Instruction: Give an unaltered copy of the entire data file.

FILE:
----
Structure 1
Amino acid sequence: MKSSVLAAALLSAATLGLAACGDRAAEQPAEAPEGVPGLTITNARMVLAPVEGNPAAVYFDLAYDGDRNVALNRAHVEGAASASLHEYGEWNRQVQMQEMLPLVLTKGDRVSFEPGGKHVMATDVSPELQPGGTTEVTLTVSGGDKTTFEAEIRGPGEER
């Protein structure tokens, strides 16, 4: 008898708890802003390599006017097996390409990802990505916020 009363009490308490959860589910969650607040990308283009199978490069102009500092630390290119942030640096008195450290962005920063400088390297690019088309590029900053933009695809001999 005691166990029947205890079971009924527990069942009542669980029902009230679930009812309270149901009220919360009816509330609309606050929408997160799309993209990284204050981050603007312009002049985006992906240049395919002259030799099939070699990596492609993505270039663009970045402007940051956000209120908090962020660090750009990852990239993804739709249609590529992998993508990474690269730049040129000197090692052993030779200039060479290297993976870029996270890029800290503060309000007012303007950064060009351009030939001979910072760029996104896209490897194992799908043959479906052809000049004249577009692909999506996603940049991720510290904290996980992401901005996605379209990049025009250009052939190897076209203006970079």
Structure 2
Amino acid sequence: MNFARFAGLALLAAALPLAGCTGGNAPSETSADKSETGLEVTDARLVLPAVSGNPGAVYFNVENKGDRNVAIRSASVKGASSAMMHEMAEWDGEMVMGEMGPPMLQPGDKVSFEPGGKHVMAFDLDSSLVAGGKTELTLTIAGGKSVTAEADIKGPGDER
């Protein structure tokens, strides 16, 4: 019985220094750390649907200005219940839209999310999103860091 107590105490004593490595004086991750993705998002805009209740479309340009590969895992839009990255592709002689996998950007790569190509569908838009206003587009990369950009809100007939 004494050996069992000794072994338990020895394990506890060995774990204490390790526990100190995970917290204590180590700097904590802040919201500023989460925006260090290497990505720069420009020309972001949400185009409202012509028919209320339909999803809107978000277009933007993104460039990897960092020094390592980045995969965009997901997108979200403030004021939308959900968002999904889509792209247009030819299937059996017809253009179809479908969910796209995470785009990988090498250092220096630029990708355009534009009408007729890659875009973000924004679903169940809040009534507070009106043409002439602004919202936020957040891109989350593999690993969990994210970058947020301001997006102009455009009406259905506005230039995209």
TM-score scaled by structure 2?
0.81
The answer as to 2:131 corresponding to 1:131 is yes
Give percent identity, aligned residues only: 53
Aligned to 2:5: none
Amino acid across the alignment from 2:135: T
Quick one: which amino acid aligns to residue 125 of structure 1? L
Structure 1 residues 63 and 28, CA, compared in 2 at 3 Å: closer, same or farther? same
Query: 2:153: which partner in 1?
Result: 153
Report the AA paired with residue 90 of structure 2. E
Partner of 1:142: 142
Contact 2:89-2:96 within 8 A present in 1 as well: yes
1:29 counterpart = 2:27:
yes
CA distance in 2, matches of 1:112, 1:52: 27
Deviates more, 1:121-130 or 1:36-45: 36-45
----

Structure 1
Amino acid sequence: MKSSVLAAALLSAATLGLAACGDRAAEQPAEAPEGVPGLTITNARMVLAPVEGNPAAVYFDLAYDGDRNVALNRAHVEGAASASLHEYGEWNRQVQMQEMLPLVLTKGDRVSFEPGGKHVMATDVSPELQPGGTTEVTLTVSGGDKTTFEAEIRGPGEER
């Protein structure tokens, strides 16, 4: 008898708890802003390599006017097996390409990802990505916020 009363009490308490959860589910969650607040990308283009199978490069102009500092630390290119942030640096008195450290962005920063400088390297690019088309590029900053933009695809001999 005691166990029947205890079971009924527990069942009542669980029902009230679930009812309270149901009220919360009816509330609309606050929408997160799309993209990284204050981050603007312009002049985006992906240049395919002259030799099939070699990596492609993505270039663009970045402007940051956000209120908090962020660090750009990852990239993804739709249609590529992998993508990474690269730049040129000197090692052993030779200039060479290297993976870029996270890029800290503060309000007012303007950064060009351009030939001979910072760029996104896209490897194992799908043959479906052809000049004249577009692909999506996603940049991720510290904290996980992401901005996605379209990049025009250009052939190897076209203006970079």
Structure 2
Amino acid sequence: MNFARFAGLALLAAALPLAGCTGGNAPSETSADKSETGLEVTDARLVLPAVSGNPGAVYFNVENKGDRNVAIRSASVKGASSAMMHEMAEWDGEMVMGEMGPPMLQPGDKVSFEPGGKHVMAFDLDSSLVAGGKTELTLTIAGGKSVTAEADIKGPGDER
């Protein structure tokens, strides 16, 4: 019985220094750390649907200005219940839209999310999103860091 107590105490004593490595004086991750993705998002805009209740479309340009590969895992839009990255592709002689996998950007790569190509569908838009206003587009990369950009809100007939 004494050996069992000794072994338990020895394990506890060995774990204490390790526990100190995970917290204590180590700097904590802040919201500023989460925006260090290497990505720069420009020309972001949400185009409202012509028919209320339909999803809107978000277009933007993104460039990897960092020094390592980045995969965009997901997108979200403030004021939308959900968002999904889509792209247009030819299937059996017809253009179809479908969910796209995470785009990988090498250092220096630029990708355009534009009408007729890659875009973000924004679903169940809040009534507070009106043409002439602004919202936020957040891109989350593999690993969990994210970058947020301001997006102009455009009406259905506005230039995209």
TM-score scaled by structure 2?
0.81
The answer as to 2:131 corresponding to 1:131 is yes
Give percent identity, aligned residues only: 53
Aligned to 2:5: none
Amino acid across the alignment from 2:135: T
Quick one: which amino acid aligns to residue 125 of structure 1? L
Structure 1 residues 63 and 28, CA, compared in 2 at 3 Å: closer, same or farther? same
Query: 2:153: which partner in 1?
Result: 153
Report the AA paired with residue 90 of structure 2. E
Partner of 1:142: 142
Contact 2:89-2:96 within 8 A present in 1 as well: yes
1:29 counterpart = 2:27:
yes
CA distance in 2, matches of 1:112, 1:52: 27
Deviates more, 1:121-130 or 1:36-45: 36-45